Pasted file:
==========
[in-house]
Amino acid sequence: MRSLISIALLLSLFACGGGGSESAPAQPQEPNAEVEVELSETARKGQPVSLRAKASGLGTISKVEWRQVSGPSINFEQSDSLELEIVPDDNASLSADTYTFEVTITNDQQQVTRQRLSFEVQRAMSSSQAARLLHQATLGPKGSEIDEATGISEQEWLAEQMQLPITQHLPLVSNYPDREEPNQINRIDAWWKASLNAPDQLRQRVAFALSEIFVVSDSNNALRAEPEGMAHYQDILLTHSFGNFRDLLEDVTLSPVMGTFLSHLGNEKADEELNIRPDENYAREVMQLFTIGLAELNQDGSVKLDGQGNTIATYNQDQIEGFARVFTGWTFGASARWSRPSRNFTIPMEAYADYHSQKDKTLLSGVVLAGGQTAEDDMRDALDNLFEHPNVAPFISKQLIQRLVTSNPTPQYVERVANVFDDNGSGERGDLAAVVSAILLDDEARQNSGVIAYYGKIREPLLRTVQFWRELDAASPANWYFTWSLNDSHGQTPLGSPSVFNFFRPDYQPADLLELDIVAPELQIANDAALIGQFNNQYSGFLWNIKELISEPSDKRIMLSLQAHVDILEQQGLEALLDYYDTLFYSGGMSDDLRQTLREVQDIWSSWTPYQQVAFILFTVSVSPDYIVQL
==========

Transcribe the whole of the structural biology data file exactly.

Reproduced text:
[in-house]
Amino acid sequence: MRSLISIALLLSLFACGGGGSESAPAQPQEPNAEVEVELSETARKGQPVSLRAKASGLGTISKVEWRQVSGPSINFEQSDSLELEIVPDDNASLSADTYTFEVTITNDQQQVTRQRLSFEVQRAMSSSQAARLLHQATLGPKGSEIDEATGISEQEWLAEQMQLPITQHLPLVSNYPDREEPNQINRIDAWWKASLNAPDQLRQRVAFALSEIFVVSDSNNALRAEPEGMAHYQDILLTHSFGNFRDLLEDVTLSPVMGTFLSHLGNEKADEELNIRPDENYAREVMQLFTIGLAELNQDGSVKLDGQGNTIATYNQDQIEGFARVFTGWTFGASARWSRPSRNFTIPMEAYADYHSQKDKTLLSGVVLAGGQTAEDDMRDALDNLFEHPNVAPFISKQLIQRLVTSNPTPQYVERVANVFDDNGSGERGDLAAVVSAILLDDEARQNSGVIAYYGKIREPLLRTVQFWRELDAASPANWYFTWSLNDSHGQTPLGSPSVFNFFRPDYQPADLLELDIVAPELQIANDAALIGQFNNQYSGFLWNIKELISEPSDKRIMLSLQAHVDILEQQGLEALLDYYDTLFYSGGMSDDLRQTLREVQDIWSSWTPYQQVAFILFTVSVSPDYIVQL